The gameplay itself copies the original Double Dragon in all the wrong ways. It’s slow, laggy, and there seems to be a half-second delay between button presses and Shingen doing anything onscreen. This results in the player having to very carefully toddle up to enemies from the classic 2D-brawler diagonal angle, press the II button, and largely hope for the best. Things improve once you get some useful power-ups (that sliding move you get is rad, but that doesn’t happen until near the end of the game), but whether you have the patience to make it that far or not is highly questionable.
There seem to be three main signs that the PCE title you’re playing is crap: The controls are oddly lagged (cf. Energy); the main character walks like an idiot, and the music is surprisingly good. (That’s the Level 1 theme on the PCE, but the boss tune in the arcade version, where it sounds quite a bit more epic and taiga drama-ish.)
Posted on March 28th, 2011 4 comments
Just a short update as I’m fighting allergies and mainly want to go to bed at the moment.
Konami is undoubtedly the most important maker who worked on the MSX. The things they did with that machine were, and are, out of this world, and the developers used their technical wizardry to craft some killer games that worked around the system’s limits. (Vampire Killer is the classic example of this.)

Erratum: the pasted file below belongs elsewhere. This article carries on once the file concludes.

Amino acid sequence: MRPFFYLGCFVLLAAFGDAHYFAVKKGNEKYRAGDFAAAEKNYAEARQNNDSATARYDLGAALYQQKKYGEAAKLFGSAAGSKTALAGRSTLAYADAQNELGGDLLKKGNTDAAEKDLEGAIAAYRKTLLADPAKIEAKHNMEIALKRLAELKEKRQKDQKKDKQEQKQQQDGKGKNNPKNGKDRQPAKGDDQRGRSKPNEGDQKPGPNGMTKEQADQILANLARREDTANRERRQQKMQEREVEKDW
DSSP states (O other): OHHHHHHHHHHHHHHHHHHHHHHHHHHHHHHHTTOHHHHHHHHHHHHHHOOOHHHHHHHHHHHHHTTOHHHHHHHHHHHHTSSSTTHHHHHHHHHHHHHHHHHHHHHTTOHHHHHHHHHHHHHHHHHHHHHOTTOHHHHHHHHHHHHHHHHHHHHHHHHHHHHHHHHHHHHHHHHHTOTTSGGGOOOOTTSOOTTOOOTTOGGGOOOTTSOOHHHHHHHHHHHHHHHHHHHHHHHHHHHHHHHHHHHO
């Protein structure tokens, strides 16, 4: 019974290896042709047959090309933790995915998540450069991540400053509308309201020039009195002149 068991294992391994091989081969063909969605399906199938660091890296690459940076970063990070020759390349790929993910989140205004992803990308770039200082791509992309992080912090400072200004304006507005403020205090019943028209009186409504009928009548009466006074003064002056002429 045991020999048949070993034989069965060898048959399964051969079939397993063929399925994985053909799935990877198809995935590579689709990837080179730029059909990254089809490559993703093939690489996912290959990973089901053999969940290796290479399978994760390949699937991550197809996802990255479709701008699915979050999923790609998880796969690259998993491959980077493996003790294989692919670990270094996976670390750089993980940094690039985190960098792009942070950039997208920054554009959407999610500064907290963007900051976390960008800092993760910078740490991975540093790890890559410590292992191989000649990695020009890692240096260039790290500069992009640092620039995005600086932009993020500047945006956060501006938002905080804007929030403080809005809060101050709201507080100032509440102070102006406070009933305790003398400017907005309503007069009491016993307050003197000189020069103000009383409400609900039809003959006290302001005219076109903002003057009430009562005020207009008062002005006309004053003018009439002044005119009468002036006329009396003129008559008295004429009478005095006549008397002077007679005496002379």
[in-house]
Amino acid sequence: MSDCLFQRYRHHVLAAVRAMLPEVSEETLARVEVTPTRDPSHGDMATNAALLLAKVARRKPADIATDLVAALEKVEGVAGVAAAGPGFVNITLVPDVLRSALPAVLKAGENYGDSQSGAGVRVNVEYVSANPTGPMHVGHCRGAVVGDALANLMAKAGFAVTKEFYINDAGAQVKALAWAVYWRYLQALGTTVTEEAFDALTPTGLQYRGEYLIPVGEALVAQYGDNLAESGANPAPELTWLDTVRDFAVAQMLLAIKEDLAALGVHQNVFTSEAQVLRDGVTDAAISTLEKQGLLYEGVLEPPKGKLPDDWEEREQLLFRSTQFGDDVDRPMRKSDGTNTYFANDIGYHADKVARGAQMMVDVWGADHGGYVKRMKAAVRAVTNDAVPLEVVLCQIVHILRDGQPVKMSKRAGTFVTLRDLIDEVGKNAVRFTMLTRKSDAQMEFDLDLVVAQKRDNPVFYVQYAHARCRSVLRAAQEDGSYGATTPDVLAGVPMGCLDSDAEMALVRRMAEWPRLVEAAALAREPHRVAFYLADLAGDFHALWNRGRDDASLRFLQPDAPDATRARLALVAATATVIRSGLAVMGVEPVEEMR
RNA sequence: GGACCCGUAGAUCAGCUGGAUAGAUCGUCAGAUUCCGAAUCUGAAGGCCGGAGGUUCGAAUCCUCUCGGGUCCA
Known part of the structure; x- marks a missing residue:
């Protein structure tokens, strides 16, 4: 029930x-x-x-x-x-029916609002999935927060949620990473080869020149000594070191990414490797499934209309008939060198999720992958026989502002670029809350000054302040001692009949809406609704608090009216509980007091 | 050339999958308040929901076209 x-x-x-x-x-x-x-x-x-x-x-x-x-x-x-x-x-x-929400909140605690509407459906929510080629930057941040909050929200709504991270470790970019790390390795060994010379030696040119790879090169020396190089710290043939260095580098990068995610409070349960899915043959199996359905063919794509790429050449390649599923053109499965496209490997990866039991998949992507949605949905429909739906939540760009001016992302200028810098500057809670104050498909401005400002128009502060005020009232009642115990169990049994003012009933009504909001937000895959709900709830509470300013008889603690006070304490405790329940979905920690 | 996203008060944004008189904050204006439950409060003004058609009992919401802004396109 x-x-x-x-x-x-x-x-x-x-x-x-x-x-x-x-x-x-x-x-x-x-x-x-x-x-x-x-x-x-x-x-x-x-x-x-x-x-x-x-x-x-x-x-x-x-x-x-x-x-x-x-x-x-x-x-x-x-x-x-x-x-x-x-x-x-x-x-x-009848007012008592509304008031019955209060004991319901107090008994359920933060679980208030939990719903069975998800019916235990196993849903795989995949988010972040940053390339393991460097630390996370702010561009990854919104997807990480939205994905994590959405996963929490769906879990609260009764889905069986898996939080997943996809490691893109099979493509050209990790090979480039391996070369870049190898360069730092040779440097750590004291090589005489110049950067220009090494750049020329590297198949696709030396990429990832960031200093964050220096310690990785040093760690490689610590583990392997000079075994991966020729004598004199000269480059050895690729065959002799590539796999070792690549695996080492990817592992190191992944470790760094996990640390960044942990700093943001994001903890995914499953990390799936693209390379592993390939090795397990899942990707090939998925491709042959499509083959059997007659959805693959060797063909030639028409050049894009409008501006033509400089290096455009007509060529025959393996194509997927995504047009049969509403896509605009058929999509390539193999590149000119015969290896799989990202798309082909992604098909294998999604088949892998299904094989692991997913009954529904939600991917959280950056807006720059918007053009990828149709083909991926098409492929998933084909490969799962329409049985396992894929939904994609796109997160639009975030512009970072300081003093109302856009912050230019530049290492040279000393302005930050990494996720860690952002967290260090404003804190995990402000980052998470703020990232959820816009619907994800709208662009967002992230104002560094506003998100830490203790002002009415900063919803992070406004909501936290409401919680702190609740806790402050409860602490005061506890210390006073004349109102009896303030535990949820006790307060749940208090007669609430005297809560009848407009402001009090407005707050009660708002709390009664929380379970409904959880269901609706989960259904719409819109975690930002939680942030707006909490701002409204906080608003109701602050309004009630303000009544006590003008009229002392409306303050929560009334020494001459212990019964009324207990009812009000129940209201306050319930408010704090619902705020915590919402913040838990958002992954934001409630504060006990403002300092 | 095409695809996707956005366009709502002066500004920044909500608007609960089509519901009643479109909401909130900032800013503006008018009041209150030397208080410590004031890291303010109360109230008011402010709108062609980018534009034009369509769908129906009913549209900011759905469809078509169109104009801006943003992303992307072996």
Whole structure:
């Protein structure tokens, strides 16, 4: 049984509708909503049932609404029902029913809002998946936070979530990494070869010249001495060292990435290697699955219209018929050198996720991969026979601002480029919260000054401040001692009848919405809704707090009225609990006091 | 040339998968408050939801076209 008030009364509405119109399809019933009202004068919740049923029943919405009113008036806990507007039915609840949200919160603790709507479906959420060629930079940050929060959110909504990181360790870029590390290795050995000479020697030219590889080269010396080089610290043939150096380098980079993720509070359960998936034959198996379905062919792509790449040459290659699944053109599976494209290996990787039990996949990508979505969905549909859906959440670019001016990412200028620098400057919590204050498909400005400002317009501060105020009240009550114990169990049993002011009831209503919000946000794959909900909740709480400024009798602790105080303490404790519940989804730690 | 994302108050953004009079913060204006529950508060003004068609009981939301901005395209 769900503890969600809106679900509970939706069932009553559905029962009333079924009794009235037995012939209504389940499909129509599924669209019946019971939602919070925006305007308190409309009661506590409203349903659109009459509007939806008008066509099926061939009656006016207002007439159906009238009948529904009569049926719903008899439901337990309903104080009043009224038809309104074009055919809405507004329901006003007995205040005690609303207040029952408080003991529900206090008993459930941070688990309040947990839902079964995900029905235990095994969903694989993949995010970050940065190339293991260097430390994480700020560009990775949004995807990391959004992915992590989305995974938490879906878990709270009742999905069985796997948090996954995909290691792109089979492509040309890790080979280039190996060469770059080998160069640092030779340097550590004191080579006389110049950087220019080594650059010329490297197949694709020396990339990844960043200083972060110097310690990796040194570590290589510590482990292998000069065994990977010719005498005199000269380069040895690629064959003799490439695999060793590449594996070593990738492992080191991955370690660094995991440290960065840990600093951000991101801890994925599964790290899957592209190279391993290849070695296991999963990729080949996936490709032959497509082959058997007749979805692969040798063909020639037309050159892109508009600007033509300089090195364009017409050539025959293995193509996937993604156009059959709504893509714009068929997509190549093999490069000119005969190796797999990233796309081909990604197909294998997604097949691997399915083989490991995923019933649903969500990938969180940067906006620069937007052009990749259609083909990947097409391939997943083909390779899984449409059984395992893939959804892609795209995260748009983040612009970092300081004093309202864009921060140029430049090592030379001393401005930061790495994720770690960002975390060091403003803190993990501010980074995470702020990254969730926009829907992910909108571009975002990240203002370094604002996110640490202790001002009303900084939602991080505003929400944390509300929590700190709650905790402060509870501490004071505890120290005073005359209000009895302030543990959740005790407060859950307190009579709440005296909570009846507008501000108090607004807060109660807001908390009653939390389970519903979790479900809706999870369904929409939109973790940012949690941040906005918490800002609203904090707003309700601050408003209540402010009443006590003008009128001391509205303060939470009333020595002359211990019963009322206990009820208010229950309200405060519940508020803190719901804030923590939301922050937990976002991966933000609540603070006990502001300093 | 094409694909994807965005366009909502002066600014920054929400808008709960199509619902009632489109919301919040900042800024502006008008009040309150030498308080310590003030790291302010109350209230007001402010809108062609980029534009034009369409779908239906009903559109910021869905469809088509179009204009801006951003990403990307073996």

That’s why I’m unsure what happened with the MSX2 port of Contra Konami released in mid-1989. It’s one of the few real failures Konami released on the platform. The controls are weird, the graphics strangely undetailed, the original stages completely uninspired. The flick-screen scrolling is particularly confusing because Konami made smooth scrolling happen on the MSX2 only three months later with the baseball game Ganbare Pennant Race 2.
The game gets only two things right: the music, and the way the 3D stages feature your guy moving left/right in addition to forward after completing a room (a little detail in the arcade version that got dropped from all the other 8-bit ports).
Posted on March 24th, 2011 3 comments
Since I just finished reading the comic on my iPad, I wanted to talk a little about Jungle Emperor (ジャングル大帝), aka Kimba the White Lion, originally drawn in 1950-54 by undoubtedly my favorite comic artist of all time, Osamu Tezuka. That’s him up there, 24 years old; he drew some Kimba characters around a photograph of himself with a chimpanzee for a color opener page in Manga Shōnen (漫画少年) in 1952.